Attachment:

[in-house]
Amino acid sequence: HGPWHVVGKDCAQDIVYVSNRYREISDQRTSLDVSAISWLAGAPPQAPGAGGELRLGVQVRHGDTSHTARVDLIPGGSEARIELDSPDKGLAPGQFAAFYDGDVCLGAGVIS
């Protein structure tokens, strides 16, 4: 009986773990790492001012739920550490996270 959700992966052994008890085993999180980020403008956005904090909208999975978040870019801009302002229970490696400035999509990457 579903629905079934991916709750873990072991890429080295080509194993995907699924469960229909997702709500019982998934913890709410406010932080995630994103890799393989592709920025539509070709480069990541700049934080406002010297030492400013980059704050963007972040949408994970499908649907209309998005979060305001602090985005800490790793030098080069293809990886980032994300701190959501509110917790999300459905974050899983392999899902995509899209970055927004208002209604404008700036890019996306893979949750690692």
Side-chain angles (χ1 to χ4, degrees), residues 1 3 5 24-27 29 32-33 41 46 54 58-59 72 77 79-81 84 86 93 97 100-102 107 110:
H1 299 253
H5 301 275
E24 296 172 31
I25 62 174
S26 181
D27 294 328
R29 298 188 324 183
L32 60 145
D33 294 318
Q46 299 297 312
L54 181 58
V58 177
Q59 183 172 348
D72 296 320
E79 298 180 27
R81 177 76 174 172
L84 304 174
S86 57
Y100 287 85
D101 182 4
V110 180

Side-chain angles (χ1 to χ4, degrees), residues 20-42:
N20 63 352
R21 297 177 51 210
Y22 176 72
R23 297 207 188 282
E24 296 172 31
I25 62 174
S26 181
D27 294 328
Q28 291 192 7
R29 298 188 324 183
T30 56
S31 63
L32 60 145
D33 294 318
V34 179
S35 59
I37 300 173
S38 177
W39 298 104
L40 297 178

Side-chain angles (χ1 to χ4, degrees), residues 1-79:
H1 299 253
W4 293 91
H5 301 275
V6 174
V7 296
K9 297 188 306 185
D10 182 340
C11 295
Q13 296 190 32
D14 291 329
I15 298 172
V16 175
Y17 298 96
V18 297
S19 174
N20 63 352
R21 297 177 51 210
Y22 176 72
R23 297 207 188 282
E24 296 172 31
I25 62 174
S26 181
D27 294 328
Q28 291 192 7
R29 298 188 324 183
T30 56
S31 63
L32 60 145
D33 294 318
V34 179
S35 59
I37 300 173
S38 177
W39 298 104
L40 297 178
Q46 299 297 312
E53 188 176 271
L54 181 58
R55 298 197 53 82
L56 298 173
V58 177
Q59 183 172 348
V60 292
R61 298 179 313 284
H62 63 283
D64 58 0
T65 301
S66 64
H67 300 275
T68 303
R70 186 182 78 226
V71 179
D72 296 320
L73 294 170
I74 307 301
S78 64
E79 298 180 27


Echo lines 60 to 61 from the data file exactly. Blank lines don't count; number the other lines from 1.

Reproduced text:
Y17 298 96
V18 297